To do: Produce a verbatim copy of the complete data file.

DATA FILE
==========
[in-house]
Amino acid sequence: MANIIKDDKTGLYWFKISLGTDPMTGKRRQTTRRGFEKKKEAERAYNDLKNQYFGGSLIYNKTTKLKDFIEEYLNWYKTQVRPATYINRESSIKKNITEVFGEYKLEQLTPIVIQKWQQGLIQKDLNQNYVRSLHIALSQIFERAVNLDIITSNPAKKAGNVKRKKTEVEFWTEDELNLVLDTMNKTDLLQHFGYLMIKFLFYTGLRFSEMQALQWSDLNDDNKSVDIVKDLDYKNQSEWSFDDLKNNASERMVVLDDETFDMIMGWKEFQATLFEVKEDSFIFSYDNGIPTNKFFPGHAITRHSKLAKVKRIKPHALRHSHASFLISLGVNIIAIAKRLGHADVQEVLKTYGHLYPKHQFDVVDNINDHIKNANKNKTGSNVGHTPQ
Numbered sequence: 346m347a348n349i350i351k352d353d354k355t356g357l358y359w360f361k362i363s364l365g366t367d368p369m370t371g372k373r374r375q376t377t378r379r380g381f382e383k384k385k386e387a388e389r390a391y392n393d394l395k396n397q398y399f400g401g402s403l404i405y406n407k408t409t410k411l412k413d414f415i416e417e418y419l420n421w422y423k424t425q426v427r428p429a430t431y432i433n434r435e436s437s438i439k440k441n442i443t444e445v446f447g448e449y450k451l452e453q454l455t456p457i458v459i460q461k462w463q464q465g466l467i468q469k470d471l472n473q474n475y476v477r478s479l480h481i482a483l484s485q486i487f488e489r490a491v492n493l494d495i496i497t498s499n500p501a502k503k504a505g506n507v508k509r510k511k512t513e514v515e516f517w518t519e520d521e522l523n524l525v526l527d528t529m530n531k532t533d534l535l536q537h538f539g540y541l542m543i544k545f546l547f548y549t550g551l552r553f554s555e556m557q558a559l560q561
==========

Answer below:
[in-house]
Amino acid sequence: MANIIKDDKTGLYWFKISLGTDPMTGKRRQTTRRGFEKKKEAERAYNDLKNQYFGGSLIYNKTTKLKDFIEEYLNWYKTQVRPATYINRESSIKKNITEVFGEYKLEQLTPIVIQKWQQGLIQKDLNQNYVRSLHIALSQIFERAVNLDIITSNPAKKAGNVKRKKTEVEFWTEDELNLVLDTMNKTDLLQHFGYLMIKFLFYTGLRFSEMQALQWSDLNDDNKSVDIVKDLDYKNQSEWSFDDLKNNASERMVVLDDETFDMIMGWKEFQATLFEVKEDSFIFSYDNGIPTNKFFPGHAITRHSKLAKVKRIKPHALRHSHASFLISLGVNIIAIAKRLGHADVQEVLKTYGHLYPKHQFDVVDNINDHIKNANKNKTGSNVGHTPQ
Numbered sequence: 346m347a348n349i350i351k352d353d354k355t356g357l358y359w360f361k362i363s364l365g366t367d368p369m370t371g372k373r374r375q376t377t378r379r380g381f382e383k384k385k386e387a388e389r390a391y392n393d394l395k396n397q398y399f400g401g402s403l404i405y406n407k408t409t410k411l412k413d414f415i416e417e418y419l420n421w422y423k424t425q426v427r428p429a430t431y432i433n434r435e436s437s438i439k440k441n442i443t444e445v446f447g448e449y450k451l452e453q454l455t456p457i458v459i460q461k462w463q464q465g466l467i468q469k470d471l472n473q474n475y476v477r478s479l480h481i482a483l484s485q486i487f488e489r490a491v492n493l494d495i496i497t498s499n500p501a502k503k504a505g506n507v508k509r510k511k512t513e514v515e516f517w518t519e520d521e522l523n524l525v526l527d528t529m530n531k532t533d534l535l536q537h538f539g540y541l542m543i544k545f546l547f548y549t550g551l552r553f554s555e556m557q558a559l560q561